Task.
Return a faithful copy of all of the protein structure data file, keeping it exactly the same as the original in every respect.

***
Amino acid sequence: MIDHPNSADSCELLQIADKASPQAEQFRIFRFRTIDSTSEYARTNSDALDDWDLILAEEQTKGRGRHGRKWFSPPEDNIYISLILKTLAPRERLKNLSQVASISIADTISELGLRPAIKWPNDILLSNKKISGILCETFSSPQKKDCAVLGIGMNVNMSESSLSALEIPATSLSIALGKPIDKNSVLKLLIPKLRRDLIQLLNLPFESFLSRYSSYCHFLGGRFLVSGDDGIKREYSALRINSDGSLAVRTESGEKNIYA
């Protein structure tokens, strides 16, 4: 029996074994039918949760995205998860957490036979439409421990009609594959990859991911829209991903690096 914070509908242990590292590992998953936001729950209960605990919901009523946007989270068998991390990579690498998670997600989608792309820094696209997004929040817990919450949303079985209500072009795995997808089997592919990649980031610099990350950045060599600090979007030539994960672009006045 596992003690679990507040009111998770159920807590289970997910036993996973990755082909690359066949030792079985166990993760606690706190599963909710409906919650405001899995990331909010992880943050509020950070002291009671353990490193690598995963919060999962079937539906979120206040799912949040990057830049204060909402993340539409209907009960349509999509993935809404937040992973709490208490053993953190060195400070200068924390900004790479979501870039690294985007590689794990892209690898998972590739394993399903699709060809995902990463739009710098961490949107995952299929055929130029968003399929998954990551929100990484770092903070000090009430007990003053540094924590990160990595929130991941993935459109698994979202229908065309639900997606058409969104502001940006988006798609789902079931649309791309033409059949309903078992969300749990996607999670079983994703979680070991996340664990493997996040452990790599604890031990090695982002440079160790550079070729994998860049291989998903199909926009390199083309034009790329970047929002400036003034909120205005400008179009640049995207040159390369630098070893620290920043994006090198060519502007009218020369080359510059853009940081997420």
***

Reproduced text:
Amino acid sequence: MIDHPNSADSCELLQIADKASPQAEQFRIFRFRTIDSTSEYARTNSDALDDWDLILAEEQTKGRGRHGRKWFSPPEDNIYISLILKTLAPRERLKNLSQVASISIADTISELGLRPAIKWPNDILLSNKKISGILCETFSSPQKKDCAVLGIGMNVNMSESSLSALEIPATSLSIALGKPIDKNSVLKLLIPKLRRDLIQLLNLPFESFLSRYSSYCHFLGGRFLVSGDDGIKREYSALRINSDGSLAVRTESGEKNIYA
């Protein structure tokens, strides 16, 4: 029996074994039918949760995205998860957490036979439409421990009609594959990859991911829209991903690096 914070509908242990590292590992998953936001729950209960605990919901009523946007989270068998991390990579690498998670997600989608792309820094696209997004929040817990919450949303079985209500072009795995997808089997592919990649980031610099990350950045060599600090979007030539994960672009006045 596992003690679990507040009111998770159920807590289970997910036993996973990755082909690359066949030792079985166990993760606690706190599963909710409906919650405001899995990331909010992880943050509020950070002291009671353990490193690598995963919060999962079937539906979120206040799912949040990057830049204060909402993340539409209907009960349509999509993935809404937040992973709490208490053993953190060195400070200068924390900004790479979501870039690294985007590689794990892209690898998972590739394993399903699709060809995902990463739009710098961490949107995952299929055929130029968003399929998954990551929100990484770092903070000090009430007990003053540094924590990160990595929130991941993935459109698994979202229908065309639900997606058409969104502001940006988006798609789902079931649309791309033409059949309903078992969300749990996607999670079983994703979680070991996340664990493997996040452990790599604890031990090695982002440079160790550079070729994998860049291989998903199909926009390199083309034009790329970047929002400036003034909120205005400008179009640049995207040159390369630098070893620290920043994006090198060519502007009218020369080359510059853009940081997420």